Estimated Value to BBC: $3054
Estimated Value to TCMF: $1375
Total: $4429
'Tis the season for giving. Think about gifts that don't require buying or wrapping things, like the gift of serving others. Consider making coupons to give people you love.... a massage? a time to wash the dishes? or fold the laundry? a promise to pick-up your room? free hugs any time of their choosing? How about other gifts from the heart, like a love letter? a performance of song, dance? or special recital of story or scripture? By having/giving less stuff, you also give God the gift of caring for his creation.

Q: What is something you love about creation?
 I appreciate trees.  They absorb carbon dioxide and give off oxygen and are beautiful to behold.  One of the things I enjoy while hunting is observing the many trees of the forest.  There is such a variety of trees.  Some are large and straight and tall and could be harvested for lumber.  Others lie on the forest floor in a state of decay providing nutrients for the next crop of trees.  Some trees have double, triple, or even multiple trunks.  I have seen many trees which have fallen and still somewhat connected to a root system.These trees frequently live by sending branches up form the fallen trunk.

The tree pictured is one I have observed for many years while hunting.  It is a big old red oak.  Some of the large top branches have fallen.  It serves as a den tree for porcupines and raccoons.  Last spring while turkey hunting I observed a weasel on the ground below this tree for several  minutes.  It darted around looking for prey and did not appear aware of my presence.  While hunting I always am amazed at the variety of trees which are a part of God’s amazing creation.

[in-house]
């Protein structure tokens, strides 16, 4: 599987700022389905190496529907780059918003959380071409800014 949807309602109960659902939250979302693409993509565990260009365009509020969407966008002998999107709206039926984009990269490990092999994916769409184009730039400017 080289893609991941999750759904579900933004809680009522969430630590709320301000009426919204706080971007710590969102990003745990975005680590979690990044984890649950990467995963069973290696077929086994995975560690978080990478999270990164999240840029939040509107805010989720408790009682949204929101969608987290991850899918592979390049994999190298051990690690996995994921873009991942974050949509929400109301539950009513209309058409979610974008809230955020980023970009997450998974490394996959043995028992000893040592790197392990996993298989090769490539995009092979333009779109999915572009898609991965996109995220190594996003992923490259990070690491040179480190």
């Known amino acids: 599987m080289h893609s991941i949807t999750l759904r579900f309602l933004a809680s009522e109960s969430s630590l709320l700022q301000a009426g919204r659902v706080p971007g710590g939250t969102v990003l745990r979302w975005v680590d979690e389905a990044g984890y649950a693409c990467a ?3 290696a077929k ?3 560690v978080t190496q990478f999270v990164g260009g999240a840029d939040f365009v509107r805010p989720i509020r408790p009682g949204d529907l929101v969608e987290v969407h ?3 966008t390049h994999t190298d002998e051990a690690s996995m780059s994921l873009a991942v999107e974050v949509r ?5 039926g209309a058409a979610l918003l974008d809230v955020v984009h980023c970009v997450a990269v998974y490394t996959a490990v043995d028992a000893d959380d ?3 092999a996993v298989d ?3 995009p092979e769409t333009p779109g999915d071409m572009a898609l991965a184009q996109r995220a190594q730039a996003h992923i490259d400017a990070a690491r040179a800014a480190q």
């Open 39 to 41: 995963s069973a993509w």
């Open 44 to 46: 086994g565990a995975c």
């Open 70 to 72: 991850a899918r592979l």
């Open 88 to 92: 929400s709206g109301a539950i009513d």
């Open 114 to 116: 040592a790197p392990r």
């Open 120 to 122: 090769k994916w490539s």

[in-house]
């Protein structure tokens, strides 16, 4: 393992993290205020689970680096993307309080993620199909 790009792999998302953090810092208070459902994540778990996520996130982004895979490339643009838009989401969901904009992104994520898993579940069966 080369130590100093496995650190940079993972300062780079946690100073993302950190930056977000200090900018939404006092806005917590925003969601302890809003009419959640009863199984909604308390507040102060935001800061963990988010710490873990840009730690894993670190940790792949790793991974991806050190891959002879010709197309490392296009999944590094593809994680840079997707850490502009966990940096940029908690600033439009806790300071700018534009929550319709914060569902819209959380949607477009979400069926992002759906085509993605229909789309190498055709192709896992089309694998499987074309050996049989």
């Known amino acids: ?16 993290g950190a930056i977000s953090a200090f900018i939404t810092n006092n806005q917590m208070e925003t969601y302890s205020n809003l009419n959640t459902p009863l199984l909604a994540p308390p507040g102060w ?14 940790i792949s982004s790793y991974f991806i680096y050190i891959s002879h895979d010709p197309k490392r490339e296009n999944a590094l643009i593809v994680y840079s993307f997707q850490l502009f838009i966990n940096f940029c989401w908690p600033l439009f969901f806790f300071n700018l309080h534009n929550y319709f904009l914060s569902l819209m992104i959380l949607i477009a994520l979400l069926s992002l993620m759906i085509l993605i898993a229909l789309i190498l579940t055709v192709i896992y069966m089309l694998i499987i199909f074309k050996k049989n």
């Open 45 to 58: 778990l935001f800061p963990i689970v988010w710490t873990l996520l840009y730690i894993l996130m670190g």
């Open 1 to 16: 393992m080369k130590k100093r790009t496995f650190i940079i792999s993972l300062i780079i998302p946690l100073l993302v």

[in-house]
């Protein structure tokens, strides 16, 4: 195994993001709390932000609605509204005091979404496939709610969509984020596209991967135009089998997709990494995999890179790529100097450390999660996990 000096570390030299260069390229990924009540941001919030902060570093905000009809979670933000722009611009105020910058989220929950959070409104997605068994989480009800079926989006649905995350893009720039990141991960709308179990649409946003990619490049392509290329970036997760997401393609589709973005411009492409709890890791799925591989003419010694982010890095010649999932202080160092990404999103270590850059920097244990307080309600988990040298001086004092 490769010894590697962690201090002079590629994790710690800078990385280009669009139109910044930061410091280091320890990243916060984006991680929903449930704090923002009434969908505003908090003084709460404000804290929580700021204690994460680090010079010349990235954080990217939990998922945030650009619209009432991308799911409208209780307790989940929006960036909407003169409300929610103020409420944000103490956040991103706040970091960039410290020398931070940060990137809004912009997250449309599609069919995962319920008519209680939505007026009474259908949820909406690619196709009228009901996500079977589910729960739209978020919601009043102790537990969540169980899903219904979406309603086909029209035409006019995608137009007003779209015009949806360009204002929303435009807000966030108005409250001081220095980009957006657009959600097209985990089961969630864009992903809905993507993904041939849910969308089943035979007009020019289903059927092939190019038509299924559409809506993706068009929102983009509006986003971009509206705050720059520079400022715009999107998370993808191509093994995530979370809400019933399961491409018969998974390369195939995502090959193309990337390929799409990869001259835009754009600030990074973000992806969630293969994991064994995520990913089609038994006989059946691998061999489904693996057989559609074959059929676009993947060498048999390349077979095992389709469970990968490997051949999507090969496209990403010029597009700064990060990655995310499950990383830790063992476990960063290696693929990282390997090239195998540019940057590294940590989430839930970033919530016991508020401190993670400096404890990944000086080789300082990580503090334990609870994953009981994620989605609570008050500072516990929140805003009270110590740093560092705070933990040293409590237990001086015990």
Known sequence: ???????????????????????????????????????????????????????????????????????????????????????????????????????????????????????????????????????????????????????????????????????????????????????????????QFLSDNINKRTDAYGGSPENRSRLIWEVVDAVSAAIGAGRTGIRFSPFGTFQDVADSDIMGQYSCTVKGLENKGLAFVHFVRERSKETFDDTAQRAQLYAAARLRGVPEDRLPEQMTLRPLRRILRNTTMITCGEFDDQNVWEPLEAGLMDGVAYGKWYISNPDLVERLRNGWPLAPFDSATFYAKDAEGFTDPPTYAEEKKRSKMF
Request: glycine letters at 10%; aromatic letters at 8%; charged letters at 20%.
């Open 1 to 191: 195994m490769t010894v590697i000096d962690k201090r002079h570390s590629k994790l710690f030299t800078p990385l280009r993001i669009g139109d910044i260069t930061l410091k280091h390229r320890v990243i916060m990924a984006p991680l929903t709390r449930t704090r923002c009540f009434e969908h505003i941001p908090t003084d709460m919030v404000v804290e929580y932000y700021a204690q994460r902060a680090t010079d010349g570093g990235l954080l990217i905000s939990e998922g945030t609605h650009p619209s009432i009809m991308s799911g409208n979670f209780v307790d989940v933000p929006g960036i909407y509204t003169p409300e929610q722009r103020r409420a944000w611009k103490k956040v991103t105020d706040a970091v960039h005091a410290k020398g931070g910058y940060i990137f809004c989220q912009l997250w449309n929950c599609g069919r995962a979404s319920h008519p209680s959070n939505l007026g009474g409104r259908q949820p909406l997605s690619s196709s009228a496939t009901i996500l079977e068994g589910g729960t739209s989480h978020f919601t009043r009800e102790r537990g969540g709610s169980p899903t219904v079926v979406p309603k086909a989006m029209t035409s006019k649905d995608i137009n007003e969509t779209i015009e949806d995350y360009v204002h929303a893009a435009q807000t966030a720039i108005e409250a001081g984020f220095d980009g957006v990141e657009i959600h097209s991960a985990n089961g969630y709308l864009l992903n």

Q: What is something you do to care for creation?
We recycle everything we can and are careful to never litter

As I think about Heather and Jaynie's presentation on Food & Faith, I am reminded that the Seventh-Day Adventists have an unusually high life expectancy--ten years longer than that of the average American. Much of this is accounted for in the lifestyle and diet of Seventh-Day Adventists--a plant-based diet with little-to-no consumption of meat, alcohol, or coffee; regular and purposeful intervals of Sabbath-rest; and the support of close-knit community.

Heading into the holiday season--a period of time in which we traditionally consume an abundance of food; often very sugary food with a significant amount of meat--I'm inspired by Heather and Jaynie's words to be intentional in the way that we eat. Several chapters of the Book of Acts (e.g. chapters 2, 10, 11, 15, 21) engaged debate about what was appropriate to eat, and who it was appropriate to eat with. I come away inspired to deliberately "welcome the stranger" to my table, but to also be conscious of how the food that is put on the table affects those who might be strangers to me--their wages, their work conditions,

and even the economic-reinforcement that my food purchases can have that affect the land, animals, and future generations that live on this land and in the sea.

As we reflect on New Testament exhortations to glorify God with our bodies--temples of the Holy Spirit (1 Corinthians 6:19-20)--and specifically to glorify God with our eating and drinking (1 Corinthians 10:31), I am impressed with the data that suggests that eating, drinking, and living in ways that are congruent with biblical exhortations can increase overall life expectancy and happiness. Although I do not adhere to all of the convictions of the Seventh-Day Adventists, I admire their intentionality in living in ways that are in harmony with scripture, and I'm encouraged that the evidence suggests that this reaps practical benefits
. This health-based evidence that shows how specific food choices can have lasting affects on our personal health, the wider environment, and economic well-being of our neighbors must be part of the equation in eating and drinking "to the glory of God".

Mennonite Creation Care Network

Blessed Earth


National Climate 



Have ideas, stories, resources you'd like to share related to creation care?

Contact Heather Wolfe,
Taftsville Chapel's creation care liaison